3Unit 13 Residential Framing Prints Learning ObjectivesList the differences between heavy framing and light framing.Recognize the construction of various floor, roof, and wall framing systems.Read framing drawings.Learning Objectives are listed on page 181 of the text.
4Unit 13 Residential Framing Prints Learning Objectives (continued)Explain the differences between platform, balloon, and plank-and-beam framing.Understand stair details and terms.Recognize metal framing systems.
5Wood Framing Widely-used Affordable Durable Dependable Flexible construction methodsWidely-known framing methodsDiscussed on page 182 of the text.
6Wood FramingImage may be found on page 181 of the text.
8Floor Framing Components Sill PlatesAttached to the top surface of the foundation wall.HeaderNailed to the top of the sill plate.JoistsFloor support beams.SubfloorCovers the joists.Typically plywood, but may sometimes be lumber.Presented on page 182 of the text.
9Floor Framing Components Double HeaderUsed when a framing pattern is disrupted, typically by an opening.Double TrimmerTwo joists nailed together next to an opening.Tail JoistRuns between the double header and sill plate.LedgerA small piece of lumber nailed to the bottom edge of a double header.Discussed on pages 182 and 183 of the text.
10Floor Framing Components BridgingSmall member between joists to provide lateral support.Floor FramingShown on the floor plan.2 x 12 16" O.C.Presented on page 183 of the text.Joist SizeSpacing
11Framing a Platform Floor Illustration may be found on page 182 of the text.
12Floor Framing MembersIllustration may be found on page 183 of the text.
13Dimensioning Exterior Walls Interior Walls Dimensions are given to the outside edge of the studs.Interior WallsDimensions are given to the centerline of the studs.Check drawings carefully to verify the dimensioning practice used on any given set of plans.Discussed on page 183 of the text.
14Framing of a Cantilevered Floor Illustration may be found on page 185 of the text.
15Floor Framing PlanIllustration may be found on page 184 of the text.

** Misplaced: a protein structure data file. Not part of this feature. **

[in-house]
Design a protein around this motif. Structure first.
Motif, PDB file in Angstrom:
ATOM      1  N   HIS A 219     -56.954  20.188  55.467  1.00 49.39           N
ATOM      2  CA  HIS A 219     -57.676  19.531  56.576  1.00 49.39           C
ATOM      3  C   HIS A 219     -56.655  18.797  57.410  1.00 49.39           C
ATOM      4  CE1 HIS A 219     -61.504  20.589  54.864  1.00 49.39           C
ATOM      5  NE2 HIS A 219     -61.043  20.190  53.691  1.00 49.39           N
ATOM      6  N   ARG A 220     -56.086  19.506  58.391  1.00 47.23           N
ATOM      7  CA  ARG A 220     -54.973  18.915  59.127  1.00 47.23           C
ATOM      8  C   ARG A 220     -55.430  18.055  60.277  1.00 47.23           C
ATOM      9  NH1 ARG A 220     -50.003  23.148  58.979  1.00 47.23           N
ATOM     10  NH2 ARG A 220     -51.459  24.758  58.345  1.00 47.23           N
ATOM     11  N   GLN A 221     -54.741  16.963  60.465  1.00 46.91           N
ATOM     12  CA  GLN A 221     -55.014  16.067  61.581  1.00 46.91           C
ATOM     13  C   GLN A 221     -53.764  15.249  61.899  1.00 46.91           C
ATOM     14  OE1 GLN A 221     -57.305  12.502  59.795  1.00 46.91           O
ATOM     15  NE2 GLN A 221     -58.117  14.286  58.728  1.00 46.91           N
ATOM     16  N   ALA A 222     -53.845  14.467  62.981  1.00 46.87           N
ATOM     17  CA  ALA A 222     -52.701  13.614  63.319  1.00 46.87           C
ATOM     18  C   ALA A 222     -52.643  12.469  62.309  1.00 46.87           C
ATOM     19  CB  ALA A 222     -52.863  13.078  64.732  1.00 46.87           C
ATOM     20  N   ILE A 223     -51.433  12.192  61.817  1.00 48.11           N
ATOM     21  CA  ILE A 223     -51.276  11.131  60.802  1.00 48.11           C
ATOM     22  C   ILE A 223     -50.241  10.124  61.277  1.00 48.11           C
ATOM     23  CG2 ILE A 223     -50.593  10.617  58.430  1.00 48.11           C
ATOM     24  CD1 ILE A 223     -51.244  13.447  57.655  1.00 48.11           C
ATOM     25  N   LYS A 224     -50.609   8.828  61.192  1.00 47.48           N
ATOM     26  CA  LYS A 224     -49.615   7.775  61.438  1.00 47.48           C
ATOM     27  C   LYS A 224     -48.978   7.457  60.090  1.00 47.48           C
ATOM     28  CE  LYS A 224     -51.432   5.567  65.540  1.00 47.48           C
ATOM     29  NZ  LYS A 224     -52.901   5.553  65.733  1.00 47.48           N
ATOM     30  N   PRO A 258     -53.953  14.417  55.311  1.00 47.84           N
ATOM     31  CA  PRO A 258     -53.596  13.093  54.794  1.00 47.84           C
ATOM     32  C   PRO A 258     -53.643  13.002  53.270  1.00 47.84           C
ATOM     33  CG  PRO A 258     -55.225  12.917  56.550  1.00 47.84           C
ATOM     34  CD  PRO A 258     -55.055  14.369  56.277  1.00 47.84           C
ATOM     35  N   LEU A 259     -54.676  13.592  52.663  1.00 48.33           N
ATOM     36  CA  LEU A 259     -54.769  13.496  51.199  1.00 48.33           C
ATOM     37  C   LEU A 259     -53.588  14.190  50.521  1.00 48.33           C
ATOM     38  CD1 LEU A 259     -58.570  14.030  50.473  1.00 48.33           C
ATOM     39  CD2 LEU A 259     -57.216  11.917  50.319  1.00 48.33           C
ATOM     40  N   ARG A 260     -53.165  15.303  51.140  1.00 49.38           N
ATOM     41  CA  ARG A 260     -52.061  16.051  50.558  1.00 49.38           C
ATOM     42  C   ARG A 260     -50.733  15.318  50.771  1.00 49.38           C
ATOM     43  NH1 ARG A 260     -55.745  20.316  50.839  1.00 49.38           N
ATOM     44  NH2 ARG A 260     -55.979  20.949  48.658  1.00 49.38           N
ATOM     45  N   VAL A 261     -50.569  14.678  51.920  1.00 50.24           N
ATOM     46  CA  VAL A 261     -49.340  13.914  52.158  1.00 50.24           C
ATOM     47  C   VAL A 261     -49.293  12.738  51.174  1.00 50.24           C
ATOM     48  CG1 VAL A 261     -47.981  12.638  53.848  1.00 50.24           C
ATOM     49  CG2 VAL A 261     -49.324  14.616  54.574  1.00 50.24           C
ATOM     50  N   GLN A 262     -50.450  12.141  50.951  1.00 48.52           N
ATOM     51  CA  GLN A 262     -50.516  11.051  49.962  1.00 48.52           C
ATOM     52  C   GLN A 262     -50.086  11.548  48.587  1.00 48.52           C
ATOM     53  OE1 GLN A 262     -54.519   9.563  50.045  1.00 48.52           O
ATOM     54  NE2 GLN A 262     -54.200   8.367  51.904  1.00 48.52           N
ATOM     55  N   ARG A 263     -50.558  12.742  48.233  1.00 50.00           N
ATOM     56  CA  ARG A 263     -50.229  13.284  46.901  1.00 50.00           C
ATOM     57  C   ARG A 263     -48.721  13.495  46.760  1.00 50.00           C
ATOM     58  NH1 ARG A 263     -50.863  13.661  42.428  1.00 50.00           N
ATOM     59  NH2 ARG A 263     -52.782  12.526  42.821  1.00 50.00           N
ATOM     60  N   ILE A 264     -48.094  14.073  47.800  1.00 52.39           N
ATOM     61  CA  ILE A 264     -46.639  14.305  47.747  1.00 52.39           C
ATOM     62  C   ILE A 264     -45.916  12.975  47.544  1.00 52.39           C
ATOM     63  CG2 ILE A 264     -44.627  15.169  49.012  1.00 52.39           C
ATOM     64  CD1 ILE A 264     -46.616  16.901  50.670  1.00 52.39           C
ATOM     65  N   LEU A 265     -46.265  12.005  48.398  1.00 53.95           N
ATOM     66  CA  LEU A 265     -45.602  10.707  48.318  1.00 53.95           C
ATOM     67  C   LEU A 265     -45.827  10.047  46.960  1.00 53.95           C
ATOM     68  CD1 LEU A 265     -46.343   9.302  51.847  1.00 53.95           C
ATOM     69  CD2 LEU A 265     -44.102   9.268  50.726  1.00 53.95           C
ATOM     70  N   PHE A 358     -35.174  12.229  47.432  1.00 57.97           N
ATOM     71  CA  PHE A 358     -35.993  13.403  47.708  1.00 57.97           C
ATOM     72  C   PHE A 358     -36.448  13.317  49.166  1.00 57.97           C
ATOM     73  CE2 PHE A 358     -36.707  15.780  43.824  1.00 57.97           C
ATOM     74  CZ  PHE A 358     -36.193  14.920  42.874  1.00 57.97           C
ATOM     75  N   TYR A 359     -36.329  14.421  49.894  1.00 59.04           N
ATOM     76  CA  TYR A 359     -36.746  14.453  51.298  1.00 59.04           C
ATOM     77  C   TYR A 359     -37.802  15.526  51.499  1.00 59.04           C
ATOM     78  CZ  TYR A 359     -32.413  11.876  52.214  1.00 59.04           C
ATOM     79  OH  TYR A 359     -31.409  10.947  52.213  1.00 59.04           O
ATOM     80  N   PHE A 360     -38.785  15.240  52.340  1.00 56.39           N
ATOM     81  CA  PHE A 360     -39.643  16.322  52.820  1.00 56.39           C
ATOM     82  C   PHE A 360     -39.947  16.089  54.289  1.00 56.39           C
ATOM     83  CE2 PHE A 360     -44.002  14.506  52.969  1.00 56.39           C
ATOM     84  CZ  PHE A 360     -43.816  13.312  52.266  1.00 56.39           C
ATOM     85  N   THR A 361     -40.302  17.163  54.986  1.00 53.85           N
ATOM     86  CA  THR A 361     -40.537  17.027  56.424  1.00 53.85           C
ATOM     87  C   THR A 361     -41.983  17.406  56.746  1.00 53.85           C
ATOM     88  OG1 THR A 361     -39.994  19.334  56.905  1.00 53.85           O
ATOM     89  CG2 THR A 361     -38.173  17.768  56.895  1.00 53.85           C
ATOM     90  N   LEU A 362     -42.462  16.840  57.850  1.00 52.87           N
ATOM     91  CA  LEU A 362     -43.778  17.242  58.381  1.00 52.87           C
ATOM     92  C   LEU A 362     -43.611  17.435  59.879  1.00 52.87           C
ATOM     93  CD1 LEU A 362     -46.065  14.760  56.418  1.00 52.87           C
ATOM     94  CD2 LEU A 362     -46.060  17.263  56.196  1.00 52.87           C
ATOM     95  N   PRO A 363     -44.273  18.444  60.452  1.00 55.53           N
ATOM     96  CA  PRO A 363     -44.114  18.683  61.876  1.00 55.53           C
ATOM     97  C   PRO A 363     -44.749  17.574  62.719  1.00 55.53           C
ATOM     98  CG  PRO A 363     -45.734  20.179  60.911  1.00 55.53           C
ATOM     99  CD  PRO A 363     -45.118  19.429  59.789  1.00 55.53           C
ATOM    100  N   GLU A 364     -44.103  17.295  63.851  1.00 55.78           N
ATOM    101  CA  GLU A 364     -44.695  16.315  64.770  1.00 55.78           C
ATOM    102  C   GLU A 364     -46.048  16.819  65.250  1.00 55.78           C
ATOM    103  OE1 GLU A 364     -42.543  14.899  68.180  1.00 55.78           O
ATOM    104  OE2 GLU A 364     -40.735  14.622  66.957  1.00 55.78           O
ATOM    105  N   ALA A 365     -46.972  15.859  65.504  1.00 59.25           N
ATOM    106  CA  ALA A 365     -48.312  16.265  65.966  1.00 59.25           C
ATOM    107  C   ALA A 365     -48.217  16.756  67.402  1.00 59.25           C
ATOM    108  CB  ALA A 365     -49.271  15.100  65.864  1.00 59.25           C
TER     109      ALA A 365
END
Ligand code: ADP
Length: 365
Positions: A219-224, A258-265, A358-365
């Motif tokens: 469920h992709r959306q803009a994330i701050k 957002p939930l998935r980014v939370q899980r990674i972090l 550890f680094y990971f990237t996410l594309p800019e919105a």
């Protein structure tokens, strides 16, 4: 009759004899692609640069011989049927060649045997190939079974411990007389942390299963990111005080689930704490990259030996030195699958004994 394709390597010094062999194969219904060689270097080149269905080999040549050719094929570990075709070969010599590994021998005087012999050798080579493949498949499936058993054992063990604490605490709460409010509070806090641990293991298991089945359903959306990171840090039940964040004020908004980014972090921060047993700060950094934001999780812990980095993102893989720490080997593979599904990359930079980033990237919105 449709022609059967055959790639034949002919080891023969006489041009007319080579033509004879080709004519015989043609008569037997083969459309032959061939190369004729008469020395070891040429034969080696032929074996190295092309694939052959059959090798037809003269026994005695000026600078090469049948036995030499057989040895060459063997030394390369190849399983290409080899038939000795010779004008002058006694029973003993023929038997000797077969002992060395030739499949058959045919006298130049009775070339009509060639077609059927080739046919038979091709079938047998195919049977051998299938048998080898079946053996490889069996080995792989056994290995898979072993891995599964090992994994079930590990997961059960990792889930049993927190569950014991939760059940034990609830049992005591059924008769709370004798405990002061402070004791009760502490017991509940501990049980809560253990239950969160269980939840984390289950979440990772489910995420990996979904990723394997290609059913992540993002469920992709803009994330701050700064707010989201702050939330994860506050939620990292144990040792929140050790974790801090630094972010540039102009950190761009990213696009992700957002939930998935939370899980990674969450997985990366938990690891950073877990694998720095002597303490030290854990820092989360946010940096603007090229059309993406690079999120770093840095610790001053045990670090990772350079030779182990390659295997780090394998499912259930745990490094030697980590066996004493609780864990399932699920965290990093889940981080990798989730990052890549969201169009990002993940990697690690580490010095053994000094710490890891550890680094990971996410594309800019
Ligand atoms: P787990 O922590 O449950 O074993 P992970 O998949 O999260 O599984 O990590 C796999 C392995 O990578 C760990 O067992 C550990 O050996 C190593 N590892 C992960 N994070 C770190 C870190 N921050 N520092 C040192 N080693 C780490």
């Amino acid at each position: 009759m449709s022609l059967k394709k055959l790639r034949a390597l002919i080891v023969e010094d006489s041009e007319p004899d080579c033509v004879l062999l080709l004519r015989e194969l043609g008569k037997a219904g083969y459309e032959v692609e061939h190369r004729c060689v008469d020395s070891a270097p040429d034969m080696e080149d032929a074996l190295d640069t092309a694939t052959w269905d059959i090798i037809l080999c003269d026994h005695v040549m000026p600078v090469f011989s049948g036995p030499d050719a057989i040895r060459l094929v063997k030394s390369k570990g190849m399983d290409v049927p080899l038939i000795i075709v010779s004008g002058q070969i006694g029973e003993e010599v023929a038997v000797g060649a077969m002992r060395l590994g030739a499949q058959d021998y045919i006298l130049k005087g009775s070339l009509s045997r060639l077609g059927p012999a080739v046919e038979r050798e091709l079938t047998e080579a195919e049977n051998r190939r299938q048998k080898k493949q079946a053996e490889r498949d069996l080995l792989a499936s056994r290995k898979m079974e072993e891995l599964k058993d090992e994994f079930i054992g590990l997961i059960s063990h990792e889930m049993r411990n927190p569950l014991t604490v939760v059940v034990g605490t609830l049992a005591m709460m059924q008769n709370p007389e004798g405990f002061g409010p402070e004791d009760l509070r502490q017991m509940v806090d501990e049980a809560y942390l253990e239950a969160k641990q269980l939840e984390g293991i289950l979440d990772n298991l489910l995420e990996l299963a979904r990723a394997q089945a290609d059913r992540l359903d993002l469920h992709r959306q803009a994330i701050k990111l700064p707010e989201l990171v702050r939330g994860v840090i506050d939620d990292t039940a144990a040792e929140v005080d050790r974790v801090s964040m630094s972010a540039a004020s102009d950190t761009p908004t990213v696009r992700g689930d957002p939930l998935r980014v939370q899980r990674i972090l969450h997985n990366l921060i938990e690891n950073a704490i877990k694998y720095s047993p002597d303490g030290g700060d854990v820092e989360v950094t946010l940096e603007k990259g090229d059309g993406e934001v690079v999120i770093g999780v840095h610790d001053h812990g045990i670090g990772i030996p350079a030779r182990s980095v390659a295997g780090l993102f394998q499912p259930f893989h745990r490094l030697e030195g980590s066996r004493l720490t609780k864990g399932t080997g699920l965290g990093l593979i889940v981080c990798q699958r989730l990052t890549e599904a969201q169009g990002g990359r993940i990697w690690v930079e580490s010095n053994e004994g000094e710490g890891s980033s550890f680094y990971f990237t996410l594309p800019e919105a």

16Types of Wall Frames Platform Framing Also known as Western framing. The first floor is built on top of the foundation.First-floor wall sections are raised.A second-floor platform is built on top of the first-floor walls.The second-floor walls are raised.Introduced on page 185 of the text.
17Platform FramingIllustration may be found on page 186 of the text.
18Types of Wall Frames Balloon Framing The studs extend from the first floor sill plate to the top plate of the highest floor.Ribbons are used to support joists on the second floor.Reduces lumber shrinkage in masonry and stucco structures.Walls act as flues in spreading fire from floor to floor.Discussed on page 186 of the text.
19Balloon FramingIllustration may be found on page 186 of the text.
20Types of Wall Frames Plank-and-Beam Framing Heavy timber material for posts in wall sections.2" thick plank material supporting floor and roof sections.Structural members are placed at wider intervals.Allows interesting architectural and decorative effects.Discussed on page 186 of the text.
21Stud Wall FramingIllustration may be found on page 187 of the text.
22Loadbearing Partitions Illustration may be found on page 188 of the text.
23Wall SectionIllustration may be found on page 93 of the text.
24Roof StylesIllustrations may be found on page 190 of the text.
25Sectional ViewIllustration may be found on page 189 of the text.
26Roof Frames Roof Truss Rafter Ridge A prefabricated member to span the roof.RafterAngled members supporting the roof.Typically 2 x 6, 2 x 8, or 2 x 10 members.RidgeHorizontal member at the peak of a roof.Introduced on page 188 of the text.
27Roof Frames Collar Beam Rise Run A horizontal member that ties the rafters together.RiseThe vertical distance between the top plate and ridge board.RunThe horizontal distance from the wall supporting the bottom of the rafter to the ridge board.Presented on page 188 of the text.